Evelyn Monahan and Rosemary Neidel-Greenlee have undertaken an ambitious task in their most recent collaboration. A Few Good Women chronicles the contributions that women in the United States military have made in the most pivotal conflicts of the past hundred years, with particular attention to World War I, World War II, Korea, Vietnam, Iraq, and Afghanistan. This hefty volume follows three other books by Monahan and Neidel-Greenlee, which detail narrower topics, such as the experiences of American nurses in World War I combat zones. In this largely popular history, the authors explore the growing importance of women's military services throughout the twentieth century. They consider a broad spectrum of women's activities in the military, including women's volunteer efforts, their participation in more institutionalized organizations like the Women's Army Corps, as well as women's roles in current frontline deployments. Many readers will undoubtedly enjoy the storytelling approach and the numerous photographs of individual [End Page 301] women who broke ground in this mostly male bastion.
As veterans of the women's military corps themselves, Monahan and Neidel-Greenlee credit the women who blazed a trail as they provided such valuable work to the nation; the authors also examine how these women struggled to become recognized by those services. Because of the military background of the authors, the narrative has a "righting the wrongs" quality; they wish to establish a record of women's contribution in a largely male domain, the military. Despite its 475 pages and its attempt at breadth, the book sometimes reads as a listing of where and when some women served and the conditions of their service, without adequate insight into women's feelings or the meanings of those experiences. In that way, the material seems like a collection of individual anecdotal experiences, rather than a more systematic analysis.
Although Monahan and Neidel-Greenlee are consistently critical of unfair policies and practices, the later chapters are more damning of decision-makers, particularly the administration of George W. Bush. The authors maintain that a lack of proper planning and military overcommitment to Iraq and Afghanistan have threatened the effectiveness of the U.S. military and have endangered the safety of military personnel, male and female.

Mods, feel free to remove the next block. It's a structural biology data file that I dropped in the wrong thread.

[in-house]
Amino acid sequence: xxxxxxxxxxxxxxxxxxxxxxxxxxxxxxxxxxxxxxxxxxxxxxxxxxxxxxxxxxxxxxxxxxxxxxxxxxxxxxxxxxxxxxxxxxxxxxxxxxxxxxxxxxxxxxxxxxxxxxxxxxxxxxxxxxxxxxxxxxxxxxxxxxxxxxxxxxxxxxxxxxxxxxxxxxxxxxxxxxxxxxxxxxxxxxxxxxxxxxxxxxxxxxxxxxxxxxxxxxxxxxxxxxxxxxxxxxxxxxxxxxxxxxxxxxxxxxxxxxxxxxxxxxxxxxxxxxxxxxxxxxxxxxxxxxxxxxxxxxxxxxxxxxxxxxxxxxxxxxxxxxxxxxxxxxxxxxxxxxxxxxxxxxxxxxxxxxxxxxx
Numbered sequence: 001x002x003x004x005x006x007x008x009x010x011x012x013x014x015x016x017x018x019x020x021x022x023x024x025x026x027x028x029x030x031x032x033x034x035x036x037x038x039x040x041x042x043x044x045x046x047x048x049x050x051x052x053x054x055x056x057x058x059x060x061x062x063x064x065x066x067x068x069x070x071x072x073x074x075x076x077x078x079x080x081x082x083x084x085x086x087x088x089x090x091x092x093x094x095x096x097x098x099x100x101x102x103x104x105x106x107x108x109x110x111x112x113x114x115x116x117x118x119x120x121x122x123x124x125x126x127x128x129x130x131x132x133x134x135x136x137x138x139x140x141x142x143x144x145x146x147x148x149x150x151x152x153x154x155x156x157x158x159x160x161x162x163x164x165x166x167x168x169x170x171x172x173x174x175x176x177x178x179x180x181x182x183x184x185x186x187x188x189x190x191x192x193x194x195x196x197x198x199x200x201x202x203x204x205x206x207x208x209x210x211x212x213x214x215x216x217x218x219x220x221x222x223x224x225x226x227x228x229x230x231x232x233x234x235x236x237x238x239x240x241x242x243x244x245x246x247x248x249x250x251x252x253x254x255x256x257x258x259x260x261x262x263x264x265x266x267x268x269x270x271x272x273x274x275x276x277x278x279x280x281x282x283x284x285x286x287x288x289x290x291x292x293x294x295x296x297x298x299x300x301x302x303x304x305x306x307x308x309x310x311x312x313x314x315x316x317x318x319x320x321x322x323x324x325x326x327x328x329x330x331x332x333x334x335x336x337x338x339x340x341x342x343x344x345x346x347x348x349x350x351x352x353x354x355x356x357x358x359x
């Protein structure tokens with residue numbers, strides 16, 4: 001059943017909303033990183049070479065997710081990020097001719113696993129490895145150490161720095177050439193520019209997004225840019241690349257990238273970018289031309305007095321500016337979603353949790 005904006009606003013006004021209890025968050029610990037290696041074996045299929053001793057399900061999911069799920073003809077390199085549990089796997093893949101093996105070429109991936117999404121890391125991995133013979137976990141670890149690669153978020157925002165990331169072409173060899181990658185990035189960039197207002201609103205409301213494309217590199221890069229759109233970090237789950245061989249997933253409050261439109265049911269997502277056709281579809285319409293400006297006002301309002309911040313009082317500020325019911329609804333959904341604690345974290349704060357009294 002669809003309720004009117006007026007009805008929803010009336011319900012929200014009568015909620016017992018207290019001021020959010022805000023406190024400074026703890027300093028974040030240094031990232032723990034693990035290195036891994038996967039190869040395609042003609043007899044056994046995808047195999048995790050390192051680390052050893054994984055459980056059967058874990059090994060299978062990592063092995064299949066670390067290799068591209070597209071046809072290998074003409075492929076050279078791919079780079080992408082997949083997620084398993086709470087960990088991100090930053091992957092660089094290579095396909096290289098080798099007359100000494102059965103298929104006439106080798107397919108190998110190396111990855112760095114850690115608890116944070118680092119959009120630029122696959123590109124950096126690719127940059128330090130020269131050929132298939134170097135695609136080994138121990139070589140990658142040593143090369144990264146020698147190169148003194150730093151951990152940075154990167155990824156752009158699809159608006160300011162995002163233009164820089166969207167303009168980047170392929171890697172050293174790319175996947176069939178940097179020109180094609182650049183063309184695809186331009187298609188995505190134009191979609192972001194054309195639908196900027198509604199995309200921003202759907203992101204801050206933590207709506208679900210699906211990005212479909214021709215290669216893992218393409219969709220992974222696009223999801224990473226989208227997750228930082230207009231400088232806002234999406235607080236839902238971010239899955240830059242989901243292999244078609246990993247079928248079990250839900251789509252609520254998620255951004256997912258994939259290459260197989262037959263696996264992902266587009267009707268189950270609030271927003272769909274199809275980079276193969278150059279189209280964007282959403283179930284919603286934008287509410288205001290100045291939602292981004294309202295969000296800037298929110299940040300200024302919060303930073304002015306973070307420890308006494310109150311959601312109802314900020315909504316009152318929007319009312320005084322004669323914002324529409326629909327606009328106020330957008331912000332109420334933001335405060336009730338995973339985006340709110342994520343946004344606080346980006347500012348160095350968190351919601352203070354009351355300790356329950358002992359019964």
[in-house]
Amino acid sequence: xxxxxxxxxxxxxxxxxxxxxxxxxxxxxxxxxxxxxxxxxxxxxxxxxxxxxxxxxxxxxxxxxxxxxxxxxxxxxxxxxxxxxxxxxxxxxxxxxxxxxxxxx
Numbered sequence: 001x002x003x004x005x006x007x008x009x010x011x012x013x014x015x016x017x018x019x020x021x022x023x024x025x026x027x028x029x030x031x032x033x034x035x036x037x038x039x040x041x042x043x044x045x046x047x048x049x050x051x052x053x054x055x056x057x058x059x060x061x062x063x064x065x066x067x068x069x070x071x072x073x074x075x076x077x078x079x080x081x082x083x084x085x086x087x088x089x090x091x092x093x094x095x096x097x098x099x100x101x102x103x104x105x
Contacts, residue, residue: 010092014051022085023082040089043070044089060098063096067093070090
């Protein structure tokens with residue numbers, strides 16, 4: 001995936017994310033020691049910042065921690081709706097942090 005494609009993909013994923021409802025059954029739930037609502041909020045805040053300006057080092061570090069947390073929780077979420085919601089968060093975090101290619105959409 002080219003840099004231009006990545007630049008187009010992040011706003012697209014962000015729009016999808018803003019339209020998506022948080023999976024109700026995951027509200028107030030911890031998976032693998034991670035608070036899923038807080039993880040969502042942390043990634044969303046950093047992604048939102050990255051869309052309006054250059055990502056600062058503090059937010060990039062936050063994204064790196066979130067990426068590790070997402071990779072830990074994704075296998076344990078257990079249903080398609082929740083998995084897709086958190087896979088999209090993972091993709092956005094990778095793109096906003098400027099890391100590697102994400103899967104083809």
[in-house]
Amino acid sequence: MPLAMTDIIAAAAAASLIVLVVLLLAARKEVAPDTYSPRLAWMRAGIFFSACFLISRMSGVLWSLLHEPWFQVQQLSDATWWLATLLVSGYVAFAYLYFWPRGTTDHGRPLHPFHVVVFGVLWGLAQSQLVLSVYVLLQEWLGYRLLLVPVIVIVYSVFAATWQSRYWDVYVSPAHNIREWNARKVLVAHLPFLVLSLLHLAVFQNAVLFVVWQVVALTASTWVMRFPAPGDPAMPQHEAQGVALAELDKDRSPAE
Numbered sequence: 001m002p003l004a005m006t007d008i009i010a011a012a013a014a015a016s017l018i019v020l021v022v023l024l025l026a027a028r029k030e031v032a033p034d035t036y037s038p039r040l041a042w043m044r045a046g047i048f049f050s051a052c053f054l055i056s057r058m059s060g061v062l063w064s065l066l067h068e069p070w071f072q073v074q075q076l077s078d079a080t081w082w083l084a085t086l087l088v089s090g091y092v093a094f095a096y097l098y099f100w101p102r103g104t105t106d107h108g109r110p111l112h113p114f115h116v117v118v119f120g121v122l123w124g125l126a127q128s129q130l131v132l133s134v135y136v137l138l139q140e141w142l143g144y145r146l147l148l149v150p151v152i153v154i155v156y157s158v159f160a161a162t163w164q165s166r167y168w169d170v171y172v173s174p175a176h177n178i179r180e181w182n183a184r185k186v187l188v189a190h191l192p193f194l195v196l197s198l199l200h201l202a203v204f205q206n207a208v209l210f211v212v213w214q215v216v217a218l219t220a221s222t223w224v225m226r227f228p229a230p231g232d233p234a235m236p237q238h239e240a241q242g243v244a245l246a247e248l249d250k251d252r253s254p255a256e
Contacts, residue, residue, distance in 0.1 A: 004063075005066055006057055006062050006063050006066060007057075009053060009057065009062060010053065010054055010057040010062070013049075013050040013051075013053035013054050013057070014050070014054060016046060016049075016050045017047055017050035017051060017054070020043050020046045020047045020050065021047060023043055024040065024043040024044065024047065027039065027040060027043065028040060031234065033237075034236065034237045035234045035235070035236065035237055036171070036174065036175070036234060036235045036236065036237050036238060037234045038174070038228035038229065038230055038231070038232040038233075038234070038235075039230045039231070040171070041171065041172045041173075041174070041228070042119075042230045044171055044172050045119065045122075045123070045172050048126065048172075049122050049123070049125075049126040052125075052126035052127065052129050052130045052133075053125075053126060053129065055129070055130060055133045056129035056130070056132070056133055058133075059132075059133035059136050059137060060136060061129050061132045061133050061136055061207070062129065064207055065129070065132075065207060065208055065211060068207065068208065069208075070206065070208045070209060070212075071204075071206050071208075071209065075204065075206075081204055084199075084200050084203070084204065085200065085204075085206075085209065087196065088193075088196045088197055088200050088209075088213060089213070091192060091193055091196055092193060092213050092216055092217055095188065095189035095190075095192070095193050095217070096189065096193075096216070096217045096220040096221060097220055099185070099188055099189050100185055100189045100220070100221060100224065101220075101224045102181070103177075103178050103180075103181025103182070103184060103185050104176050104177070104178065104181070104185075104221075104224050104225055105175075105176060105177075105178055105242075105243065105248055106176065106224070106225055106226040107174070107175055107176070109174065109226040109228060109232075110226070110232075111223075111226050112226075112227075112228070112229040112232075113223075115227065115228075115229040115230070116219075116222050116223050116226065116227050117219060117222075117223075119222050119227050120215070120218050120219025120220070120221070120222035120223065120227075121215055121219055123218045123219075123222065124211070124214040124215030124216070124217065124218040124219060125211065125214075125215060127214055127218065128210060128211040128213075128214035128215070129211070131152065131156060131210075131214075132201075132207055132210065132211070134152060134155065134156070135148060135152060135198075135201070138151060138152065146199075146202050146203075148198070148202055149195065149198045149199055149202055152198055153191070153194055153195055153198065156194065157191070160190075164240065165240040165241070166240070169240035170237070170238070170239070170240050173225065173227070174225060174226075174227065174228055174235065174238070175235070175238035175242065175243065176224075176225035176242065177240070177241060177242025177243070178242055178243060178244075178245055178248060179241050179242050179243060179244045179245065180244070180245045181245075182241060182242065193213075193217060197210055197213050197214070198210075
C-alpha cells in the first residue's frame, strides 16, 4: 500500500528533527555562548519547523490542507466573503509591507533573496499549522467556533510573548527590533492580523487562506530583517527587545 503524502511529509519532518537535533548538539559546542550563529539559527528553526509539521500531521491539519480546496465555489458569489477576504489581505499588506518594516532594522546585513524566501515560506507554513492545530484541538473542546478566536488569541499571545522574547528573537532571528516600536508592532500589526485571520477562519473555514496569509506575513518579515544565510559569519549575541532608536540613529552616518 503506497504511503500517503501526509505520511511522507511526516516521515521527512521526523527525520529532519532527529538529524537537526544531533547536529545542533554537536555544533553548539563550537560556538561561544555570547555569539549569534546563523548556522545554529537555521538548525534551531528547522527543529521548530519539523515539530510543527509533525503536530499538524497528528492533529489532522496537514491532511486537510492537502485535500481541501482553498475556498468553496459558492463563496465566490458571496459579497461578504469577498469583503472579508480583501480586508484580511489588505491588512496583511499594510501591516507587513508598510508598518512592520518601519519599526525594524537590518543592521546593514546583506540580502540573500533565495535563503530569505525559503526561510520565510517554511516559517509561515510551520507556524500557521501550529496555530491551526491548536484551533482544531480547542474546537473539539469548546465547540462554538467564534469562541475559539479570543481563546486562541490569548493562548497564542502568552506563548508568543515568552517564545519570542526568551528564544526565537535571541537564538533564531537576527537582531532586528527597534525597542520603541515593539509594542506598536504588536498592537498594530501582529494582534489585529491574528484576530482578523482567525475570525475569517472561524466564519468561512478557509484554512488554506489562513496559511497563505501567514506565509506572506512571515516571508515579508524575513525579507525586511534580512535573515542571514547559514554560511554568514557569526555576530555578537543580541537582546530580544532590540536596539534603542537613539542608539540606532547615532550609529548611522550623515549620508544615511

For academics, this popular history falls short of providing a thorough overview of women's experiences in the American military services. In addition to its often-anecdotal quality, the authors' sources are insufficient. There are few from public archives; much of the material comes second-hand from newspapers. Primary sources include oral interviews (some from twenty years ago) and material from private collections.
Students interested in learning more about the history of women in the military will likely also be disappointed, as the table of contents does not provide any detail on the content of the chapters. Only the very ambitious will dig through this volume in search of information on a topic.
Overall, this book provides an introductory account of women [End Page 302] in the U.S. military services. The authors underscore the institutional discrimination that impeded women's opportunities, as well as the ways in which women helped to shape the military. Readers looking for a popular history will enjoy parts of this book such as the photographs and the stories of individual women. Academics, however, will be left unsatisfied because of the incomplete sourcing and the overly narrative quality of the book.
Natalie Atkin teaches at the University of Windsor, in Windsor, Ontario, Canada, specializing in modern U.S. history, and designs initiatives to facilitate the transition of students into first-year university. Her research focuses on the connections among the Vietnam antiwar movement and the women's movement.